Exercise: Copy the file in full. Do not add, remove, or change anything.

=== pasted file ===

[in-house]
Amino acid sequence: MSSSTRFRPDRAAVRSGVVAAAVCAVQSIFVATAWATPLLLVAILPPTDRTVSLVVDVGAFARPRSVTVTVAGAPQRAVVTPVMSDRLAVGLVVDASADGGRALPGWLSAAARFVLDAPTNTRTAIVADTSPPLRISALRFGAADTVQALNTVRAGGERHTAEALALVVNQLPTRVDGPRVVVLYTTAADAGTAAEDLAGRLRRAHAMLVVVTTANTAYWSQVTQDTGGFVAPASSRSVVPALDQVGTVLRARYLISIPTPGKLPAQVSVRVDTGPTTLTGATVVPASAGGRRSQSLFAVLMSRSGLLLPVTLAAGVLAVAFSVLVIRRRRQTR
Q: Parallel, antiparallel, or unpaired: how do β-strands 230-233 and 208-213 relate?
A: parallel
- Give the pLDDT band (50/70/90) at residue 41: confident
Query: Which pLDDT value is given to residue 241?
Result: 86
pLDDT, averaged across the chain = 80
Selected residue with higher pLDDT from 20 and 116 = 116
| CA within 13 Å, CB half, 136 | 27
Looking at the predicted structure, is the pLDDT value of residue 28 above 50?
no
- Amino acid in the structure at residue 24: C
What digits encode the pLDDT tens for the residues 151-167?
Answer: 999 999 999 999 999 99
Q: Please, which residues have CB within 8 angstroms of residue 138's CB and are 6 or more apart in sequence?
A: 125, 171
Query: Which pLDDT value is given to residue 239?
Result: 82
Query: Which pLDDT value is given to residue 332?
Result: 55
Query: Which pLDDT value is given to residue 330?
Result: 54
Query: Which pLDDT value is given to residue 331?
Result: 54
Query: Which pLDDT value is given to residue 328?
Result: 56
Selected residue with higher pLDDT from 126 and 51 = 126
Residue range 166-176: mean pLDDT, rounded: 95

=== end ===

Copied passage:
[in-house]
Amino acid sequence: MSSSTRFRPDRAAVRSGVVAAAVCAVQSIFVATAWATPLLLVAILPPTDRTVSLVVDVGAFARPRSVTVTVAGAPQRAVVTPVMSDRLAVGLVVDASADGGRALPGWLSAAARFVLDAPTNTRTAIVADTSPPLRISALRFGAADTVQALNTVRAGGERHTAEALALVVNQLPTRVDGPRVVVLYTTAADAGTAAEDLAGRLRRAHAMLVVVTTANTAYWSQVTQDTGGFVAPASSRSVVPALDQVGTVLRARYLISIPTPGKLPAQVSVRVDTGPTTLTGATVVPASAGGRRSQSLFAVLMSRSGLLLPVTLAAGVLAVAFSVLVIRRRRQTR
Q: Parallel, antiparallel, or unpaired: how do β-strands 230-233 and 208-213 relate?
A: parallel
- Give the pLDDT band (50/70/90) at residue 41: confident
Query: Which pLDDT value is given to residue 241?
Result: 86
pLDDT, averaged across the chain = 80
Selected residue with higher pLDDT from 20 and 116 = 116
| CA within 13 Å, CB half, 136 | 27
Looking at the predicted structure, is the pLDDT value of residue 28 above 50?
no
- Amino acid in the structure at residue 24: C
What digits encode the pLDDT tens for the residues 151-167?
Answer: 999 999 999 999 999 99
Q: Please, which residues have CB within 8 angstroms of residue 138's CB and are 6 or more apart in sequence?
A: 125, 171
Query: Which pLDDT value is given to residue 239?
Result: 82
Query: Which pLDDT value is given to residue 332?
Result: 55
Query: Which pLDDT value is given to residue 330?
Result: 54
Query: Which pLDDT value is given to residue 331?
Result: 54
Query: Which pLDDT value is given to residue 328?
Result: 56
Selected residue with higher pLDDT from 126 and 51 = 126
Residue range 166-176: mean pLDDT, rounded: 95